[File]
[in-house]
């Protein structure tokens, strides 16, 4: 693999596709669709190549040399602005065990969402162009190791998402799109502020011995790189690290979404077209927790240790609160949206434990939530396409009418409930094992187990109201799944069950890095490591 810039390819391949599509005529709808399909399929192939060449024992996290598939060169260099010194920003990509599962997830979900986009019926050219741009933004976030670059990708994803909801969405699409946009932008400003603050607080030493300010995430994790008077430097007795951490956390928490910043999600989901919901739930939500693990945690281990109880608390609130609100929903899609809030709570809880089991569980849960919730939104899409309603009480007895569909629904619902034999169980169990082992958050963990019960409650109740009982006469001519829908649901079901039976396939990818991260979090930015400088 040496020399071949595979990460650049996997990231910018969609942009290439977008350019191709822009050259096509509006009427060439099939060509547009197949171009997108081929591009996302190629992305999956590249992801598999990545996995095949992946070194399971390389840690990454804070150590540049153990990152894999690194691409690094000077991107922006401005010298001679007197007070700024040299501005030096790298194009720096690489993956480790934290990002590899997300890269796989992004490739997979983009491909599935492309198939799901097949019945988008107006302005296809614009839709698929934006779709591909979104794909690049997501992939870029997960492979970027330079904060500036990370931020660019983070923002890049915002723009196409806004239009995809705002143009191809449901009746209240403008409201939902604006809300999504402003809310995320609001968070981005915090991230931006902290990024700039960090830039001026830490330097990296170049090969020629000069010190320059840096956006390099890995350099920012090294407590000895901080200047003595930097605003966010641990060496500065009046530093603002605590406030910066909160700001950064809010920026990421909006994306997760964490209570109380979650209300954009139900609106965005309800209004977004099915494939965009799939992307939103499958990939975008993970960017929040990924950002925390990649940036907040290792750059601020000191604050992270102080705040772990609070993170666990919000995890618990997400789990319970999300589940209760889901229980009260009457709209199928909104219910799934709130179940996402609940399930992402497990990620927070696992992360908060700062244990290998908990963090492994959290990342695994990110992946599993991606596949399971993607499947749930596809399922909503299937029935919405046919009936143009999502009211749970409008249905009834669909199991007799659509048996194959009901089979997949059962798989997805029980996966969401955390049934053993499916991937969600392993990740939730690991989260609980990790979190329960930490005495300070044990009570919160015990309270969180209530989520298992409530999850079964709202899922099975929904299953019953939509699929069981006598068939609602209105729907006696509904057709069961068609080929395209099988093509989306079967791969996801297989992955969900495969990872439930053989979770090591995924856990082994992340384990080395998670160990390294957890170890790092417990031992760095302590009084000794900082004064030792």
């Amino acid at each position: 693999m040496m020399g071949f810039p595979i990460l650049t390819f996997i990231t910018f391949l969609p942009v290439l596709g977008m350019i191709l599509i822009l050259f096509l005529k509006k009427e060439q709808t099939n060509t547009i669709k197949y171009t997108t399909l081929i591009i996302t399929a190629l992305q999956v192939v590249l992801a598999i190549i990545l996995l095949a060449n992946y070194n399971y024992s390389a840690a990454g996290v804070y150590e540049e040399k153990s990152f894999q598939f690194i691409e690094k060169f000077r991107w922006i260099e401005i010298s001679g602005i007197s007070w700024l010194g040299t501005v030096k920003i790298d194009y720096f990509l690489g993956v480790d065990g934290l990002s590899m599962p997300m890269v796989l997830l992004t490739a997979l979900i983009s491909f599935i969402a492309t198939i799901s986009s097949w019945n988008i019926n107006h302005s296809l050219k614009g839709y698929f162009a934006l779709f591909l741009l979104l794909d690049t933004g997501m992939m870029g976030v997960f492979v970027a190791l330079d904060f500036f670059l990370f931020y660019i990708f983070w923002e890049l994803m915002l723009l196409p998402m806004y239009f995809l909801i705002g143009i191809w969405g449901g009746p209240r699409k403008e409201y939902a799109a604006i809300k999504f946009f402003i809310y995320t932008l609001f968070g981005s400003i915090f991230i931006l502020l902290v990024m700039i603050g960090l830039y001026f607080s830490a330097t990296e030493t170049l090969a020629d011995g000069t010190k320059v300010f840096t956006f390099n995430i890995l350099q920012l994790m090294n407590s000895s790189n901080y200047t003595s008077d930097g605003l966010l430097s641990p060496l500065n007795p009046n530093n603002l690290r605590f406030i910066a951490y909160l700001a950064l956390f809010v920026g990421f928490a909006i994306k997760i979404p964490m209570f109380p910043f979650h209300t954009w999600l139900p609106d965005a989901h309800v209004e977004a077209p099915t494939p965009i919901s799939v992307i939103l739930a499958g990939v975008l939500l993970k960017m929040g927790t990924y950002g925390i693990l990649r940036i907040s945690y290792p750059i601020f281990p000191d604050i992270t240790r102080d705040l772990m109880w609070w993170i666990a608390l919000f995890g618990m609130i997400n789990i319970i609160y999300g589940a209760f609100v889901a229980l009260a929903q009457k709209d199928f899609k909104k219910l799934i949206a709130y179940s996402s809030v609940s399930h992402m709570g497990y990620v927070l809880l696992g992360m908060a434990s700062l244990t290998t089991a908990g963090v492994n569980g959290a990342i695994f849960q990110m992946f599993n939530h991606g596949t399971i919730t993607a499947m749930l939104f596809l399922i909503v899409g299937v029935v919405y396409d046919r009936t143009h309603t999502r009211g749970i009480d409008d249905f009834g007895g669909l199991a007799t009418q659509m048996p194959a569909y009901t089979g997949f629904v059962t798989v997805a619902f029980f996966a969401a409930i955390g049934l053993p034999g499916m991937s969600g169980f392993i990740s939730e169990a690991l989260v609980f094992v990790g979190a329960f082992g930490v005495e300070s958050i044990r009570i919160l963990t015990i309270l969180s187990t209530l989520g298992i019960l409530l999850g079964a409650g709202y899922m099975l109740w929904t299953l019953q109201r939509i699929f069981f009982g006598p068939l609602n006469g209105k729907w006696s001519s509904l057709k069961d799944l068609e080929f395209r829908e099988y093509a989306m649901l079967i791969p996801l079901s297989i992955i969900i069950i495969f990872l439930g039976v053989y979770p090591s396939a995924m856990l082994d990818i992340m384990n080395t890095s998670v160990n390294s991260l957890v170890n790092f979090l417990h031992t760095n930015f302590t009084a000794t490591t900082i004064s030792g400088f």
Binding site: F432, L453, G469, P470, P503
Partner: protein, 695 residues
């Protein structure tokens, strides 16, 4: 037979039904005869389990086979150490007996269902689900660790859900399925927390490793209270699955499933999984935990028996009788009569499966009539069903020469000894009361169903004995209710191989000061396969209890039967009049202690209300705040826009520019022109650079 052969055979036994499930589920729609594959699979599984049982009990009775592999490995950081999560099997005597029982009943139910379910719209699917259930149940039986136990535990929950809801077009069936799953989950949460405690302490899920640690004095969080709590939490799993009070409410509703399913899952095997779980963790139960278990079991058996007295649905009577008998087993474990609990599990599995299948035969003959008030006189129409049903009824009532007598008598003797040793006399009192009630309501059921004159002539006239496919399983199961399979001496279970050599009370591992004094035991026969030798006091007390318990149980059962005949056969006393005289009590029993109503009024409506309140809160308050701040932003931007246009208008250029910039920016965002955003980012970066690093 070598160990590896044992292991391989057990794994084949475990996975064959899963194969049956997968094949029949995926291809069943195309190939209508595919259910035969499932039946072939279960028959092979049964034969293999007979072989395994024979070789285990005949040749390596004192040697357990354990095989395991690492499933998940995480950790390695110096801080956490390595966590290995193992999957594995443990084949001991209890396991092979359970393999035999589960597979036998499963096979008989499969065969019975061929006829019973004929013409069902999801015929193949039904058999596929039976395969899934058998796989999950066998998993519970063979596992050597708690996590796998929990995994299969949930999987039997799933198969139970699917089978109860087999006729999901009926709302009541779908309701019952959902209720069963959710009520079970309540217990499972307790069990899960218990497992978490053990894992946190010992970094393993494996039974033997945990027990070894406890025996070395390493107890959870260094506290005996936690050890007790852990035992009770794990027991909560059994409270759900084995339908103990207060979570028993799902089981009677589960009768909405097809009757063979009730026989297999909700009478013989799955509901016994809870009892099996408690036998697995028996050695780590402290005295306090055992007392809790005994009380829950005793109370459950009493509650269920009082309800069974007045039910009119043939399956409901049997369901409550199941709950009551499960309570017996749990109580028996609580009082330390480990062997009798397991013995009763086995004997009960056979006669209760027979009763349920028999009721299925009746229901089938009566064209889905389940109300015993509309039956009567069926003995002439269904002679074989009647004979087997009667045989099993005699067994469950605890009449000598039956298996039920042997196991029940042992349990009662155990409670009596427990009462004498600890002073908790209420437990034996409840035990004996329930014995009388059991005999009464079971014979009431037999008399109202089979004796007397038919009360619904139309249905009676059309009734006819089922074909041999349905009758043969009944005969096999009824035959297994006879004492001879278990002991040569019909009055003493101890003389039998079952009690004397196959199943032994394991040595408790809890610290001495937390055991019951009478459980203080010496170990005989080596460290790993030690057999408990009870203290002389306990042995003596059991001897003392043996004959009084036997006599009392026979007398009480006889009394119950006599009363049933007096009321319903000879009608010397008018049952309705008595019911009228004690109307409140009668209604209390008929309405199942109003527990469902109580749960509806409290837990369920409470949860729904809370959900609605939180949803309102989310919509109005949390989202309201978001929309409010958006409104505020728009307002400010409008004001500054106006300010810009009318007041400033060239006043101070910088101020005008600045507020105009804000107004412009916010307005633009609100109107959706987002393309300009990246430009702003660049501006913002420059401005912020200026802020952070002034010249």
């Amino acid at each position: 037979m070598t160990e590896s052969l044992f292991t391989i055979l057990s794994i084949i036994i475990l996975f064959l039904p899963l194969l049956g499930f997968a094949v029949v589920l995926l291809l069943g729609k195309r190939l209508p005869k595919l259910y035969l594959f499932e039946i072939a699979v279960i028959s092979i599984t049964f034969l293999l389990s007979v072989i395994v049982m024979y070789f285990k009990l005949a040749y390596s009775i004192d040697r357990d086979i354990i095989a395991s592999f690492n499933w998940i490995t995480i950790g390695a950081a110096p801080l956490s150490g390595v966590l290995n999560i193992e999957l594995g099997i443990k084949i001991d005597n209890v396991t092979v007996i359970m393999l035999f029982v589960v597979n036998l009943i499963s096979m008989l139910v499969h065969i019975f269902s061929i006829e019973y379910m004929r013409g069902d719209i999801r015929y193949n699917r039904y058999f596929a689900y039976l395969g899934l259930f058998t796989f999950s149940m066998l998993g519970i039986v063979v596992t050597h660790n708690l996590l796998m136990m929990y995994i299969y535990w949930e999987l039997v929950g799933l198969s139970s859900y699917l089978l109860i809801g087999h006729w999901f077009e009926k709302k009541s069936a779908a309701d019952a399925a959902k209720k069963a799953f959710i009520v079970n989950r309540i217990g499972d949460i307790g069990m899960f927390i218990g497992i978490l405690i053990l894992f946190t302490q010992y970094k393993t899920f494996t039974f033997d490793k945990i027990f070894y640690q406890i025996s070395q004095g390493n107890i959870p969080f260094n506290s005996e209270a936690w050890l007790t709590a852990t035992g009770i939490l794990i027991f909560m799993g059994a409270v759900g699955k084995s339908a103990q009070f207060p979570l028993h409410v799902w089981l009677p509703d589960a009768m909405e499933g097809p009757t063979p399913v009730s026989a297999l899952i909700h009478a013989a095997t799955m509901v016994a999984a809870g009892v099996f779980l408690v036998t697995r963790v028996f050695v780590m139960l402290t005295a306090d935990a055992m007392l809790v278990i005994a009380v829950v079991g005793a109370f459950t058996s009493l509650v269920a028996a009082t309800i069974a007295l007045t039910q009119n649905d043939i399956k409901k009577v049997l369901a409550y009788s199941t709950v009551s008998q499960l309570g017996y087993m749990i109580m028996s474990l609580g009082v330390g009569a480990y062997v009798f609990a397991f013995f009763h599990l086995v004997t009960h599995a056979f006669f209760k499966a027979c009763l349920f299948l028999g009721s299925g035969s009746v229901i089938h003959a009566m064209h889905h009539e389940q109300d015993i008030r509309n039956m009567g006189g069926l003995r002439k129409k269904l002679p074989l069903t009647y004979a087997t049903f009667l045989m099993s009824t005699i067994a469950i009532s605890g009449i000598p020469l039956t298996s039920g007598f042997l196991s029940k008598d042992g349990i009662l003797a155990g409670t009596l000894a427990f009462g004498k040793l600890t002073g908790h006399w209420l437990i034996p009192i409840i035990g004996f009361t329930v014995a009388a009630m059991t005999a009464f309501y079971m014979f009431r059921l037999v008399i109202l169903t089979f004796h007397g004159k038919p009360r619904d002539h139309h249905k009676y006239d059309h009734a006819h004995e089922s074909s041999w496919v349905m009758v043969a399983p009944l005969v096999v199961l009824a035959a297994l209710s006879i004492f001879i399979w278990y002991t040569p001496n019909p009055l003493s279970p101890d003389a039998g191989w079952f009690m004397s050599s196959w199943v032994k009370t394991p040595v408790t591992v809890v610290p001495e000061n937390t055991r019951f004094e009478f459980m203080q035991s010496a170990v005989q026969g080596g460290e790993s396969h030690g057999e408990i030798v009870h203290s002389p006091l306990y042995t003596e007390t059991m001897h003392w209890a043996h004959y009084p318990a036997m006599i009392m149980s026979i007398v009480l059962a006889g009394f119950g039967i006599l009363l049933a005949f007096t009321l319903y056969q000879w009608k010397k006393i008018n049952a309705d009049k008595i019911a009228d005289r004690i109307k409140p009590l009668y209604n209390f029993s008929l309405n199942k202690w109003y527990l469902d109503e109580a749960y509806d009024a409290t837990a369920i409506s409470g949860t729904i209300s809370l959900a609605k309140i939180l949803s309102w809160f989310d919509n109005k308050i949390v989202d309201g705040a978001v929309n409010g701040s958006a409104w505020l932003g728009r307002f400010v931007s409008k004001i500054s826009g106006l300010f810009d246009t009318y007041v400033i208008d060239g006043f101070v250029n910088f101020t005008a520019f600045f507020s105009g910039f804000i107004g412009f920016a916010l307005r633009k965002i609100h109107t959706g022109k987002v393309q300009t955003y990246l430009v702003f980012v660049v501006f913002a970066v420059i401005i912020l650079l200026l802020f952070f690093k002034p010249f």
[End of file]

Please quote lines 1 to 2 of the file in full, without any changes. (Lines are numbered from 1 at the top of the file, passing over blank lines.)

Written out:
[in-house]
């Protein structure tokens, strides 16, 4: 693999596709669709190549040399602005065990969402162009190791998402799109502020011995790189690290979404077209927790240790609160949206434990939530396409009418409930094992187990109201799944069950890095490591 810039390819391949599509005529709808399909399929192939060449024992996290598939060169260099010194920003990509599962997830979900986009019926050219741009933004976030670059990708994803909801969405699409946009932008400003603050607080030493300010995430994790008077430097007795951490956390928490910043999600989901919901739930939500693990945690281990109880608390609130609100929903899609809030709570809880089991569980849960919730939104899409309603009480007895569909629904619902034999169980169990082992958050963990019960409650109740009982006469001519829908649901079901039976396939990818991260979090930015400088 040496020399071949595979990460650049996997990231910018969609942009290439977008350019191709822009050259096509509006009427060439099939060509547009197949171009997108081929591009996302190629992305999956590249992801598999990545996995095949992946070194399971390389840690990454804070150590540049153990990152894999690194691409690094000077991107922006401005010298001679007197007070700024040299501005030096790298194009720096690489993956480790934290990002590899997300890269796989992004490739997979983009491909599935492309198939799901097949019945988008107006302005296809614009839709698929934006779709591909979104794909690049997501992939870029997960492979970027330079904060500036990370931020660019983070923002890049915002723009196409806004239009995809705002143009191809449901009746209240403008409201939902604006809300999504402003809310995320609001968070981005915090991230931006902290990024700039960090830039001026830490330097990296170049090969020629000069010190320059840096956006390099890995350099920012090294407590000895901080200047003595930097605003966010641990060496500065009046530093603002605590406030910066909160700001950064809010920026990421909006994306997760964490209570109380979650209300954009139900609106965005309800209004977004099915494939965009799939992307939103499958990939975008993970960017929040990924950002925390990649940036907040290792750059601020000191604050992270102080705040772990609070993170666990919000995890618990997400789990319970999300589940209760889901229980009260009457709209199928909104219910799934709130179940996402609940399930992402497990990620927070696992992360908060700062244990290998908990963090492994959290990342695994990110992946599993991606596949399971993607499947749930596809399922909503299937029935919405046919009936143009999502009211749970409008249905009834669909199991007799659509048996194959009901089979997949059962798989997805029980996966969401955390049934053993499916991937969600392993990740939730690991989260609980990790979190329960930490005495300070044990009570919160015990309270969180209530989520298992409530999850079964709202899922099975929904299953019953939509699929069981006598068939609602209105729907006696509904057709069961068609080929395209099988093509989306079967791969996801297989992955969900495969990872439930053989979770090591995924856990082994992340384990080395998670160990390294957890170890790092417990031992760095302590009084000794900082004064030792």